Other resilient cyclicals include the integrated oil majors BP and Royal Dutch Shell. Plummeting oil prices are unhelpful, but the integrated majors are more diversified than pure oil producers. Their extensive networks of service stations put them among the world’s larger retailers. Both businesses have retained their investment-grade status, retain attractive access to credit markets, and have significant flexibility in their capital spending.
More importantly, they can continue to generate free cash flow even with oil prices at the current futures strip, putting them in a position to benefit as higher-cost and financially weaker competitors suffer. At current oil prices, most US shale producers can barely cover their cash production costs, let alone generate free cash flow. When prices are too low for producers to make money, they cut supply, which restores balance and allows prices to rise. The cure for low prices is low prices, and BP and Shell should be among the survivors who reap the benefits over the long-term.
Finally, consider US Health Insurers Anthem and UnitedHealth Group. Both shares fell more than 30% during the first quarter of the year as investors became concerned that insurance claims would skyrocket due to coronavirus-related costs. However, this is likely to be more than offset by the deferral of elective procedure costs. Both companies have since reported solid earnings and maintained their guidance for 2020. Net-net, we think the impact on this year’s earnings — let alone their long-term fundamentals — is negligible, so the price moves created a great opportunity to buy.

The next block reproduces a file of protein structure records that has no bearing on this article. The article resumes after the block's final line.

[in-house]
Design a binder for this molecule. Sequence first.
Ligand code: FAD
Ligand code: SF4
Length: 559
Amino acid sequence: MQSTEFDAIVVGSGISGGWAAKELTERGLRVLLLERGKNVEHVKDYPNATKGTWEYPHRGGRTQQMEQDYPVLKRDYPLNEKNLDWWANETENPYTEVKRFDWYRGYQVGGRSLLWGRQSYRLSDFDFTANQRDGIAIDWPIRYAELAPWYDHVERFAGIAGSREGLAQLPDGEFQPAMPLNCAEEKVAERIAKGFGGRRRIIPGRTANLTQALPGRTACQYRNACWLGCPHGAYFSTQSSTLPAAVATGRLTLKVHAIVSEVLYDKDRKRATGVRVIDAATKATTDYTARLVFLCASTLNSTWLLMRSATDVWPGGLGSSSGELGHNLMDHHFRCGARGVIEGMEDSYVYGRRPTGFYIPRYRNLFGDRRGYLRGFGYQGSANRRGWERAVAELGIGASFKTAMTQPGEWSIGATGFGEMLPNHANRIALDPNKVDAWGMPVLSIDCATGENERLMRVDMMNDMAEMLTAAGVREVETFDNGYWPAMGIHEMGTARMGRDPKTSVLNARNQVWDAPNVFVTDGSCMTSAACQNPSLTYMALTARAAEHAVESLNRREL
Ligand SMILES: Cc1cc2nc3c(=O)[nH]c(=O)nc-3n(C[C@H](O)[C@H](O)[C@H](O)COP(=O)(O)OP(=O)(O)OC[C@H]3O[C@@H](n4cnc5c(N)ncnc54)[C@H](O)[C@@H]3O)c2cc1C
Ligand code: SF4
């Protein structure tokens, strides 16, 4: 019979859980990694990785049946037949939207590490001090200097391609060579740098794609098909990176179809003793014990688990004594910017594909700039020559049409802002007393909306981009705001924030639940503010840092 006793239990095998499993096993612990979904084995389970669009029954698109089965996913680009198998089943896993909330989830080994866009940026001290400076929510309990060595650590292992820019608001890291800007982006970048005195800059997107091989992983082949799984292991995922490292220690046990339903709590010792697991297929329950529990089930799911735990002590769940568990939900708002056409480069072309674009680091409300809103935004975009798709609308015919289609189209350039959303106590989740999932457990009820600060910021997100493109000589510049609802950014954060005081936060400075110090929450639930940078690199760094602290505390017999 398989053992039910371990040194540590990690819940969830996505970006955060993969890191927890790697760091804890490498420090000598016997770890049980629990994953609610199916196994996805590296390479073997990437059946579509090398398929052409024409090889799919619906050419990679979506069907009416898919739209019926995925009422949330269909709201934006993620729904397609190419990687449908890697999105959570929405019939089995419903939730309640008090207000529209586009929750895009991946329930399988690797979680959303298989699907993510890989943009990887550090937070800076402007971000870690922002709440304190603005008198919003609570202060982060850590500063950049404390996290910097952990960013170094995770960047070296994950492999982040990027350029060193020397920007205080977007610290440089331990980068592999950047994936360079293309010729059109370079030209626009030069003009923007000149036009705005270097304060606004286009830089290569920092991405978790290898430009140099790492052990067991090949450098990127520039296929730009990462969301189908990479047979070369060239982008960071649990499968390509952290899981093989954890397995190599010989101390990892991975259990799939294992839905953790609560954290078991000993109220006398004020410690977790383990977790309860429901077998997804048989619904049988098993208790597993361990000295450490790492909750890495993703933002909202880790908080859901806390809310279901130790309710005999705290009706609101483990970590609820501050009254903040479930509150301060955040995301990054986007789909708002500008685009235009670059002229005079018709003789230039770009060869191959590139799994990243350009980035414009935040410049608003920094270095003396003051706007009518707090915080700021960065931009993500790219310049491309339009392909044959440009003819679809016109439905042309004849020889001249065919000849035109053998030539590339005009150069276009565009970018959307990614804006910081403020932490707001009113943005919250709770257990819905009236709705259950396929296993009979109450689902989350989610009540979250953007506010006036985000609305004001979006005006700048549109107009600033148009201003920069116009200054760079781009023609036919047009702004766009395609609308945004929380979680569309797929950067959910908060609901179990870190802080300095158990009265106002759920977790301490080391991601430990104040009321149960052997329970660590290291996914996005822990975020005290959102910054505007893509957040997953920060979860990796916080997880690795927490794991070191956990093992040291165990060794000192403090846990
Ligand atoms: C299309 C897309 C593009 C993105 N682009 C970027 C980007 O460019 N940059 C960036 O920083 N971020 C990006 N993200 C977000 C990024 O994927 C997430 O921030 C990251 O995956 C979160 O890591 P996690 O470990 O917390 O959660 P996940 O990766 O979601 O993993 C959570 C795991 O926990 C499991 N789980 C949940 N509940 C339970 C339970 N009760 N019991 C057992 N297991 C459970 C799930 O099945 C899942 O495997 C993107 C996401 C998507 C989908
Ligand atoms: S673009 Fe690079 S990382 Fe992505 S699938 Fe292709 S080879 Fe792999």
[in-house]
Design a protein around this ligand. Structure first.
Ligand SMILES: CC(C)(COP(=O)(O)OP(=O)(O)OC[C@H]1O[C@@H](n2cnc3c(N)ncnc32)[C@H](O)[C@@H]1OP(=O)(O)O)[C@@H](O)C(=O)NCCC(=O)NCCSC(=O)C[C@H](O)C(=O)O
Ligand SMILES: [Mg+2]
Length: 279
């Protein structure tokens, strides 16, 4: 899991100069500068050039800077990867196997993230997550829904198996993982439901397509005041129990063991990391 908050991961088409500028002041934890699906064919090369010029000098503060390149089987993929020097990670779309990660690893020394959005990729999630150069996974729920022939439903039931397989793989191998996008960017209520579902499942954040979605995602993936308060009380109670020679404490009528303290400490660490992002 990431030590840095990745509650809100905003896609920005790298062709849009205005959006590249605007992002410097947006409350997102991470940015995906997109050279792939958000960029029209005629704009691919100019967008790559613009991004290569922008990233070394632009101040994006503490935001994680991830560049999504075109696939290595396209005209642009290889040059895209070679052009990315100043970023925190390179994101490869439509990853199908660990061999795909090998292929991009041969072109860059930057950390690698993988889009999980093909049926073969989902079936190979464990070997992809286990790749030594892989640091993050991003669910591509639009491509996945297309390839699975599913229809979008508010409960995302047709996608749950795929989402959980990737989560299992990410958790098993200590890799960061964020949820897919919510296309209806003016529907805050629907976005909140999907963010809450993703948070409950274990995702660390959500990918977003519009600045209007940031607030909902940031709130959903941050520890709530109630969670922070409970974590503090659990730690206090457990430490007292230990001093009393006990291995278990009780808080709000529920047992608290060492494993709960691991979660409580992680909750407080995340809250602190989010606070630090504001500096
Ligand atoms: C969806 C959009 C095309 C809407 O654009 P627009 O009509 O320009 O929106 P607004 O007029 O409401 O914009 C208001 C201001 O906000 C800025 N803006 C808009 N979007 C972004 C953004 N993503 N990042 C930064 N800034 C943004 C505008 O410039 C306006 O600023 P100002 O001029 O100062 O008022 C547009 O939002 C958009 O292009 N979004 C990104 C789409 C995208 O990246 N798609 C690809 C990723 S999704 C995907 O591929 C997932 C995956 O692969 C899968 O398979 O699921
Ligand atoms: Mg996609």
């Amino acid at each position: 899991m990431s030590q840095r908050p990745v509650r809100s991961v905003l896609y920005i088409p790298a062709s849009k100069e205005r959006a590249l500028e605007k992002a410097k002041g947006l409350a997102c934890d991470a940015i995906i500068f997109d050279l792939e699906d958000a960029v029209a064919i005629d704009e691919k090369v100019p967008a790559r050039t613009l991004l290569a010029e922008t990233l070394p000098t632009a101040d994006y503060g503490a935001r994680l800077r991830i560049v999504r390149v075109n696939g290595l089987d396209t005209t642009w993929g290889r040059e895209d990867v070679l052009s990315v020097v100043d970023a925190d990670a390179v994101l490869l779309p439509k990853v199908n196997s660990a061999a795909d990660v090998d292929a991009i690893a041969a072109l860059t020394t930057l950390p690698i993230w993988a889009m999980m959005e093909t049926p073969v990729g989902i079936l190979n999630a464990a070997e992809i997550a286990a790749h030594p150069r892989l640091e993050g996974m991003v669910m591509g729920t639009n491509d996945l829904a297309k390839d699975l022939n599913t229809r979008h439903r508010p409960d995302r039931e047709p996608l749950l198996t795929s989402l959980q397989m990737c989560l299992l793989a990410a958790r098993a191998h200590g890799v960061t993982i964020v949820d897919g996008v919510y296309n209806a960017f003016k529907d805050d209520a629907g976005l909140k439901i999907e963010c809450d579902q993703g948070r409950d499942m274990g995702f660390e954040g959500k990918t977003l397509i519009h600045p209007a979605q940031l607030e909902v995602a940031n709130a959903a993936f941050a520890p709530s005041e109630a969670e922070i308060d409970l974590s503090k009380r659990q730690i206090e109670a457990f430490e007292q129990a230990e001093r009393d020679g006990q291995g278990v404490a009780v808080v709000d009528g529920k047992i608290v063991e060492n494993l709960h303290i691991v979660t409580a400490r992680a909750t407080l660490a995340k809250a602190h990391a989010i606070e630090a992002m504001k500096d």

During the most recent quarter we have rotated capital from stocks that have held up well into areas that have been extremely weak. We have looked to take advantage of opportunities to add to or buy quality franchises that are now available at much lower prices. Examples include US broadband operator Comcast, media giant Disney, and Chinese e-commerce leader Alibaba. The result is that the portfolio holds a higher-quality collection of businesses than it did at the beginning of the year — and it is also much, much cheaper.
Over the past few years, investors have become far more worried about risks related to economic activity and idiosyncratic risks, like lawsuits, regulation, or politics, than they have been about paying too much to buy things that feel comfortable. This has caused investors to throw caution to the wind and pay more and more for securities that they believe carry none of these risks. Conversely, as investors focused on fundamental bottom-up research, we’ve become increasingly worried about valuation risk, peaked by comments like “valuation doesn’t matter”, and “we only own winners”. We try not to allow worries to cloud our decision-making and take what the market is giving us on the cheap. The crisis has delayed the reckoning for overpriced parts of the market, but this too shall pass, and at some point the gravity of valuation will kick in. It always has.